Created internally, the new print and online campaign adopts a tagline developed by the brand’s former agency, Atmosphere BBDO, now Atmosphere Proximity, part of the Omnicom Group: “Life is a collection of experiences. Let us be your guide.” It also features photographs of still-life vignettes that contain framed snapshots of a variety of Luxury Collection hotels, plus travel souvenirs, all displayed on a credenza.
Paul James, global brand leader for Luxury Collection — a group of 79 hotels that comply with brand service standards, of which Starwood manages 41 and owns 10 — said the company “has not seen any immediate change in demand” in the wake of the stock market’s recent gyrations.
“We’re confident that even if there is turbulence in the market, it’s the right time to talk about the Luxury Collection, to remind people about our great destinations,” Mr. James said. “We will keep our eye on the market, and if we see any change in our business, at that time we’ll adjust our strategy.”
According to Jan Freitag, senior vice president for global development at Smith Travel Research, a lodging research company, “luxury hotels are alive and well.” Demand for luxury hotels in the United States is strong, he said, which has allowed them to increase rates an average of 6.4 percent in the first seven months of this year, compared with an average 3.5 percent rate increase for the industry as a whole.
“After coming out of the ’09 recession,” he said, luxury travelers “are psychologically prepared to take the wild gyrations of the stock market in stride. We don’t expect there to be an impact on high-end leisure and business travelers because of short-term stock market changes.”
Bjorn Hanson, divisional dean of the Preston Robert Tisch Center for Hospitality, Tourism and Sports Management at New York University, said now was a “great time” for Starwood to promote the Luxury Collection, because luxury lodging demand in the United States would increase more than 5 percent this year.
“Volatility in the stock market has become the new norm among higher-income travelers. Their underlying wealth has not changed to the point where it would affect their lifestyle issues,” he added.
The five full-page executions of the new campaign, by the photographer David Prince, feature different hotels in the Luxury Collection, including beach and golf resorts and others with old-world European or contemporary design.
The ad for the golf resorts contains framed photographs of the Equinox in Vermont, the Al Maha Desert Resort and Spa in Dubai, and the Turnberry Resort in Scotland, as well as golf clubs, a golf trophy and a small wooden boat model representing activities available at the resorts.
Another ad, meant to promote the brand in general, features all types of hotels in Mexico, Italy, India, the United States and Peru. Souvenirs and decorative items in this ad include coral, a starfish, a clock, a small statue, a glass of wine and golf tees.
All ads also feature a selection of books whose spines face outward; instead of titles, these show the names of the hotels in the ads’ framed snapshots. Mr. Prince said the campaign “is about the trigger points that stimulate your emotions and your memories, and the moments that inspire us when we travel.”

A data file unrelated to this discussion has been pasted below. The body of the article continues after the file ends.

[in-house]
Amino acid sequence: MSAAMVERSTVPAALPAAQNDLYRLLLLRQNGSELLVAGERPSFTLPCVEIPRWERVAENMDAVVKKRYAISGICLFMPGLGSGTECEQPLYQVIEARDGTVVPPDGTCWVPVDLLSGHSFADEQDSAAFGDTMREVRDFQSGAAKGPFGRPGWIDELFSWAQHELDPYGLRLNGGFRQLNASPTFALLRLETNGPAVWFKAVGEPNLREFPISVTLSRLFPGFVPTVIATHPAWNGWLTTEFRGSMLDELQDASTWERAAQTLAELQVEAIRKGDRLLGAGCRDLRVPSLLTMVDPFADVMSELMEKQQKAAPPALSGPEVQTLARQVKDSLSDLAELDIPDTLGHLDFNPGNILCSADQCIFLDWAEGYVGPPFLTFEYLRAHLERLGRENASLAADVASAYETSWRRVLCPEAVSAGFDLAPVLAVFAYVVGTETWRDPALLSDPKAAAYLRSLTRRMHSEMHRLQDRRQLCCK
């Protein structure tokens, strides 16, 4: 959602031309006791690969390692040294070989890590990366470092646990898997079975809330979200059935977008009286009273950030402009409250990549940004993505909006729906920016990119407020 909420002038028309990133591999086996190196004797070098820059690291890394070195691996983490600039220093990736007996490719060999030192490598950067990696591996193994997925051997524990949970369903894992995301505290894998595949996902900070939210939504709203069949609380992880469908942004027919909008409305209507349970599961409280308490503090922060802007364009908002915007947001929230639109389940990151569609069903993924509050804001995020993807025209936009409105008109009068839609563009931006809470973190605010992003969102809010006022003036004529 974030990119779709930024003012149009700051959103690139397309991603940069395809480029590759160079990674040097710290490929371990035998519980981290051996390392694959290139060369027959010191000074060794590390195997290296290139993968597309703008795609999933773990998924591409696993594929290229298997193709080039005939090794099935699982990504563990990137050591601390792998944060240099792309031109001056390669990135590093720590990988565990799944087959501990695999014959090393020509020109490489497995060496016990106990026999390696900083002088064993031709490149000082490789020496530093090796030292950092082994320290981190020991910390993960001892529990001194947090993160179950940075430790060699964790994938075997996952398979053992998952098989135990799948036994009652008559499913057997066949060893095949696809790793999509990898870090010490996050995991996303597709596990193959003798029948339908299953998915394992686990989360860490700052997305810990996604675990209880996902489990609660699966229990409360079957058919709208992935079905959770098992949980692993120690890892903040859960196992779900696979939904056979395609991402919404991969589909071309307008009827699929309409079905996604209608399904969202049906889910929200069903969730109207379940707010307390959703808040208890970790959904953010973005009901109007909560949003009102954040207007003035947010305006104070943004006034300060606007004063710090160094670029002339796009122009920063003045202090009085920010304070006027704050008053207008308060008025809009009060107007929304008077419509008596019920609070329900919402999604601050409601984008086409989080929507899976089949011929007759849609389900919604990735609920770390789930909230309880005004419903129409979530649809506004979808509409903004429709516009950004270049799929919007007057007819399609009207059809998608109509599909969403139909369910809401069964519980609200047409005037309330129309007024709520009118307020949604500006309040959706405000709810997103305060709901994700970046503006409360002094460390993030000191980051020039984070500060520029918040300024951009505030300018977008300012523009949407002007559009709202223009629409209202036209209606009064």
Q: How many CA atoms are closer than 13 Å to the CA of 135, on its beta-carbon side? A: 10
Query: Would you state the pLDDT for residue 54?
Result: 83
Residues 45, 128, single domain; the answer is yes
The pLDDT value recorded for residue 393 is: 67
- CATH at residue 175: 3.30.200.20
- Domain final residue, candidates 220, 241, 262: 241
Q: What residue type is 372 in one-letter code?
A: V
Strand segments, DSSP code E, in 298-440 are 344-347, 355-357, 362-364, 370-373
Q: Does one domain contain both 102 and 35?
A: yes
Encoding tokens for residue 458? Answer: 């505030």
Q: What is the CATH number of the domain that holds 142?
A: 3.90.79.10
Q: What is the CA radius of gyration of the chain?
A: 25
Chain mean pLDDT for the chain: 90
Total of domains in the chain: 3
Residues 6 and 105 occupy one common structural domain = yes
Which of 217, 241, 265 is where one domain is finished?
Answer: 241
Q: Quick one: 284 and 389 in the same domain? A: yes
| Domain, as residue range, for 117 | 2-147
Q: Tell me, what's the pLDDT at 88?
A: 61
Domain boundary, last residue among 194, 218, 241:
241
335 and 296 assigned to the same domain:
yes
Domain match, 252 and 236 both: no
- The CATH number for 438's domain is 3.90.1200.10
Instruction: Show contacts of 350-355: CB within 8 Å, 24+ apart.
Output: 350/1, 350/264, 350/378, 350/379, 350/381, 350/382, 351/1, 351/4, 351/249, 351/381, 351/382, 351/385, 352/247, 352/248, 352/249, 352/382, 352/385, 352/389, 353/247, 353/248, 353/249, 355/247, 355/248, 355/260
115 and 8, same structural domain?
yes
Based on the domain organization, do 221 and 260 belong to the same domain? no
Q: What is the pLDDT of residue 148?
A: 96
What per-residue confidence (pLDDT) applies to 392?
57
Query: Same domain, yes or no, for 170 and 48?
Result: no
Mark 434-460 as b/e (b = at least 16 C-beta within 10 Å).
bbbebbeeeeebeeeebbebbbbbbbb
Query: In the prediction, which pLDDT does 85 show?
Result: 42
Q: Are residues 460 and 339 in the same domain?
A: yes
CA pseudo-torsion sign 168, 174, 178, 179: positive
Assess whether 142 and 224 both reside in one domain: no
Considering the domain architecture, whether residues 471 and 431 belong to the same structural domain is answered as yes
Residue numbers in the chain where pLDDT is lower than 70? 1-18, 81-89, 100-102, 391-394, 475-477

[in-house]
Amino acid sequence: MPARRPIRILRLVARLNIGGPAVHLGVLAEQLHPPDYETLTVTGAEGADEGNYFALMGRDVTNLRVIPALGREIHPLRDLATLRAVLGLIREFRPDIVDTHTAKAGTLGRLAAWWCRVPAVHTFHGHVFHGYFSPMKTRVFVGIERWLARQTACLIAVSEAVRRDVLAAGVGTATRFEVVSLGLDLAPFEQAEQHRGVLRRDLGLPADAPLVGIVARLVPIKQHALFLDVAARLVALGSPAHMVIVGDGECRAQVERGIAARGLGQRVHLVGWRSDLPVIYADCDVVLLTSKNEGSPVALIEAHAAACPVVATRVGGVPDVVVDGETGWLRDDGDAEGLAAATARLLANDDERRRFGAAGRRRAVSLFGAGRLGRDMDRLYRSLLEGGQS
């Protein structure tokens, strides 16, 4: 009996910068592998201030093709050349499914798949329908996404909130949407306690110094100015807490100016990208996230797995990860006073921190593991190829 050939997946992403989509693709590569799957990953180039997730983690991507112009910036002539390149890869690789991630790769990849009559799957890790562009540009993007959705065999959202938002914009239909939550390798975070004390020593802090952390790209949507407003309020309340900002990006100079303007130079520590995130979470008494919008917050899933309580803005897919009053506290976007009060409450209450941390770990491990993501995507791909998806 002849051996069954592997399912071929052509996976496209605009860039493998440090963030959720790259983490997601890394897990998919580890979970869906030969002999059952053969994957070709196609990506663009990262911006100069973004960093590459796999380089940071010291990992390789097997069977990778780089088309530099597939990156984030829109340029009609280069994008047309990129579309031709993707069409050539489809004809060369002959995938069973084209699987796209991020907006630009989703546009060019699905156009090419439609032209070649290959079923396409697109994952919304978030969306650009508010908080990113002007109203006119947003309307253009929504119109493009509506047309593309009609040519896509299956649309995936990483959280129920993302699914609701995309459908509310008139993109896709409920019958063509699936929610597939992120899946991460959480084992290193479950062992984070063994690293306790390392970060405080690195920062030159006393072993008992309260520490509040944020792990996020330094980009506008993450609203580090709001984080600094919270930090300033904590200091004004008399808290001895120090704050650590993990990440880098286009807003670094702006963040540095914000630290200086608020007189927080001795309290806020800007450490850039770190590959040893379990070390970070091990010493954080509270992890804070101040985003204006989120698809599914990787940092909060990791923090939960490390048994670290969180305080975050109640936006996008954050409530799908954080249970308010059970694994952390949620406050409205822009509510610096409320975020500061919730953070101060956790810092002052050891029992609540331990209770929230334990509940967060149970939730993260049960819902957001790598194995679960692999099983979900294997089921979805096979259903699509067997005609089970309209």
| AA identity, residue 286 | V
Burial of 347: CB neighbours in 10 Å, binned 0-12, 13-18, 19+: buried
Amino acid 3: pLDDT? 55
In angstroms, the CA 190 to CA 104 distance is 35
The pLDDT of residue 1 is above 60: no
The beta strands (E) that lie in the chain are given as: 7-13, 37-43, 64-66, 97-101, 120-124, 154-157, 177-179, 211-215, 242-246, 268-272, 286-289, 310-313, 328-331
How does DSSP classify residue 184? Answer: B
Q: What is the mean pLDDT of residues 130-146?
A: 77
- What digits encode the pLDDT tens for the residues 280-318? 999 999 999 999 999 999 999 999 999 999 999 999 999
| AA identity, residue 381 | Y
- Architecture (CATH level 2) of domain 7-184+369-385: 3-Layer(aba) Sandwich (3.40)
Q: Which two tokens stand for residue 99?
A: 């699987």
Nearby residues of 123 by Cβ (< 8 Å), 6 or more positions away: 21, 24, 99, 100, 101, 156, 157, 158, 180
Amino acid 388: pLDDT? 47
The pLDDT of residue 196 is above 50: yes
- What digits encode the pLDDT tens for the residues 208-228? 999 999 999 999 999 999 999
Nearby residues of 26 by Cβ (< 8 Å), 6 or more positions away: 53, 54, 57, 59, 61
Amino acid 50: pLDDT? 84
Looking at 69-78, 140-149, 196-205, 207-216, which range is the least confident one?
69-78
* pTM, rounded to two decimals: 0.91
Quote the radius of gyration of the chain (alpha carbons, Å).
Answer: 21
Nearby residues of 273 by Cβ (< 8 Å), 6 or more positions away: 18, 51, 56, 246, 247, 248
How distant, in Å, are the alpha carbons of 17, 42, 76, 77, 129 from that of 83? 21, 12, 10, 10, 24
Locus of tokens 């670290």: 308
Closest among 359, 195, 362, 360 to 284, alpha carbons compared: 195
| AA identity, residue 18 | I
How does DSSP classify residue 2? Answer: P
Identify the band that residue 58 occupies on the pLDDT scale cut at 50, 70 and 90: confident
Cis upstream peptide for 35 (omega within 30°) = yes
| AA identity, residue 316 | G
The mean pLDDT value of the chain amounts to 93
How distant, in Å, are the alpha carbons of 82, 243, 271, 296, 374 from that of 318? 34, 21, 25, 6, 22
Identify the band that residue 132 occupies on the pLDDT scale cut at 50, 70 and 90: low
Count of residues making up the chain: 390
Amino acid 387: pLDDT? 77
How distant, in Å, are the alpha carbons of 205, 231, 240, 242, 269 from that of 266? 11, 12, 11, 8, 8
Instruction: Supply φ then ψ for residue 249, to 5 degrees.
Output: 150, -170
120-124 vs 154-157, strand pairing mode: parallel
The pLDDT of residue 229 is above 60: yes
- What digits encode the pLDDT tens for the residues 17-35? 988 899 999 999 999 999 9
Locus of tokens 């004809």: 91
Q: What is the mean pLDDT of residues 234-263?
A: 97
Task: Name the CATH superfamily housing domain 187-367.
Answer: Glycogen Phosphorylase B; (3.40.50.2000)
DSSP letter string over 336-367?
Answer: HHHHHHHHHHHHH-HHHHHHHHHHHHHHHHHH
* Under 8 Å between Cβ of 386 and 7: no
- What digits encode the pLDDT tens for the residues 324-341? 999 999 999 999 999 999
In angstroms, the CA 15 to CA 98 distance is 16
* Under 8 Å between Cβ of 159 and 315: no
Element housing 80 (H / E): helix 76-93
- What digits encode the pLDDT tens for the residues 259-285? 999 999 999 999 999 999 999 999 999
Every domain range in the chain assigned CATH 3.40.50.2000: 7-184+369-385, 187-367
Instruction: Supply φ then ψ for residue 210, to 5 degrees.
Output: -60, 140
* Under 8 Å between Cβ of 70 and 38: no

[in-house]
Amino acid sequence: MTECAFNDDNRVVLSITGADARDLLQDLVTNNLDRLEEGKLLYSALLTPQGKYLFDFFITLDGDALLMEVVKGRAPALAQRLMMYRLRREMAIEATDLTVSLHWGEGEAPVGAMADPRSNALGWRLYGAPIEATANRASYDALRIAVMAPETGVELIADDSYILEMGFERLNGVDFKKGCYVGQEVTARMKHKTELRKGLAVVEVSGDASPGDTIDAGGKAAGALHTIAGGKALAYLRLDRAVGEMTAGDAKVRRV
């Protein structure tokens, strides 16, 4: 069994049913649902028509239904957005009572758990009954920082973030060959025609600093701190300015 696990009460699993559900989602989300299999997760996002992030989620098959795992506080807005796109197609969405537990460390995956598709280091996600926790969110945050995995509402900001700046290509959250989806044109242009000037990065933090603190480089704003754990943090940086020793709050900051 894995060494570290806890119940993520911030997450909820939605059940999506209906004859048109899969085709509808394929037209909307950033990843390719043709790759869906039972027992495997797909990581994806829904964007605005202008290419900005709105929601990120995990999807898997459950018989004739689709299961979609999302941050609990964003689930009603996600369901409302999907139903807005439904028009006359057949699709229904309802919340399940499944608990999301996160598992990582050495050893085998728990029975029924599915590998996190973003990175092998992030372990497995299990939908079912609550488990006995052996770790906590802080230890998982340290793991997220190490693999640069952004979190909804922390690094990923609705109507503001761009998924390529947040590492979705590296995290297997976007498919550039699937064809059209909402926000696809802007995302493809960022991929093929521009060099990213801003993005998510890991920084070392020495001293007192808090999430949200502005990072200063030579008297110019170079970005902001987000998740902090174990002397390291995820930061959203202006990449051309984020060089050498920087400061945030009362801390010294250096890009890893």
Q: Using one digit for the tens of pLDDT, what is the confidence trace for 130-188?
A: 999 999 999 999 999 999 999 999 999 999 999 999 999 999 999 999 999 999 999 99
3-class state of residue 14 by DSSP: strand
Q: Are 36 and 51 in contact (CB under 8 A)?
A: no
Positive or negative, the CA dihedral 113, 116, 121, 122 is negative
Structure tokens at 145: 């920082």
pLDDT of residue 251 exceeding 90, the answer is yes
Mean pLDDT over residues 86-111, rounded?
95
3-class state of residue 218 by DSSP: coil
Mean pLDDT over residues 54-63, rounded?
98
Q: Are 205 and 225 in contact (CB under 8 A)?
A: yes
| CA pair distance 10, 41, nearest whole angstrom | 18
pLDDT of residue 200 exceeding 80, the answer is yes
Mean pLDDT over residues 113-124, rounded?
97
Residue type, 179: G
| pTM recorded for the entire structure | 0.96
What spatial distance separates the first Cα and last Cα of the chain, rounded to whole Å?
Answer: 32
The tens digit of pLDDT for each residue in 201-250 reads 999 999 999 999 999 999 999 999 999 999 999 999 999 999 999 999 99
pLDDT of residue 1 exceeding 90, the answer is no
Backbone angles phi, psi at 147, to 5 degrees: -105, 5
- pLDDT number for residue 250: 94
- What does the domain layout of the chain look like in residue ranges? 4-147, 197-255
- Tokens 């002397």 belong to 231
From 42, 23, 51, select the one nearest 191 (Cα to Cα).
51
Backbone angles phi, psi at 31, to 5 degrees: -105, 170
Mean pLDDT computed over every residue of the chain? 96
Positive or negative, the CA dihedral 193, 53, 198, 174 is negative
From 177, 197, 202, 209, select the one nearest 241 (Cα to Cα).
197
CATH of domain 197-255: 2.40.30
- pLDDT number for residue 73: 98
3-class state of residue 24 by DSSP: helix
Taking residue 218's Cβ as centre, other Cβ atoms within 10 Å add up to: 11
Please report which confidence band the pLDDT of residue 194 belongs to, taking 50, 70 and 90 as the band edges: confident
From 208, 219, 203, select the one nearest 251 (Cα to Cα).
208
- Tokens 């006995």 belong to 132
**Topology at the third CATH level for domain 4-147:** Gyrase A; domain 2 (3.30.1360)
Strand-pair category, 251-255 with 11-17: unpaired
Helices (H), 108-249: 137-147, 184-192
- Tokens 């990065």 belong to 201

Most luxury hotel advertising, he added, tries “to present the big picture, your room, your bedding, where you’re going to eat,” but the new Luxury Collection campaign is “about the personal touches that make a hotel great, the elements that resonate and inspire you.”
Starwood ran a full-page teaser version of the new advertising in the May issue of The Financial Times’s “How to Spend It” magazine and in the July issue of Departures. The ads will run this fall in both publications, and this fall and winter in Condé Nast Traveller UK, ForbesLife, Robb Report, Bentley Magazine and Luxury Travel Advisor, a trade publication.
In addition, banner versions of the advertising will run on the Web site of the Five Star Alliance, an online travel agency specializing in luxury hotels, and on the tablet version of the 40th anniversary edition of Travel Leisure.
Individual hotels within the Luxury Collection also have the option to customize the advertising, inserting photographs of their choice into the frames in the brand advertising. So far, hotels in Mauritius, Portugal, Argentina and Greece have opted to do this.
The budget for the global print campaign is $400,000, while the budget for online advertising, both for the brand globally and for its North American hotels, is $300,000. Neither figure includes advertising by individual hotels.
Promoting hotel collections like the Luxury Collection can be challenging, Mr. Hanson said, because they lack consistency in features, like design. “Therefore, themes become one of the core messages to establish the image of collections. The idea that life is a collection of experiences at the luxury level is a good theme,” he said.
Other experts panned the campaign’s creative execution.
Henry Harteveldt, travel analyst for Forrester Research, said the advertising was “unimpressive because it’s not distinctive. You could cover up the logo, and it could be advertising for almost any high-end luxury hotel.”
“They talk about experience, but there are no pictures of people, no experiences shown. It’s too obtuse. This is not the kind of ad campaign that will cause Web sites to hum and phones to ring,” he added.
Similarly, Andrew Sacks, president of AgencySacks, a New York branding and marketing agency for the affluent market, said that although “the strategy certainly makes sense, they’ve made the ads a little unemotional. It gives me a taste of what a Luxury Collection hotel looks like, but it doesn’t necessarily help me understand what the experience of staying there would be.”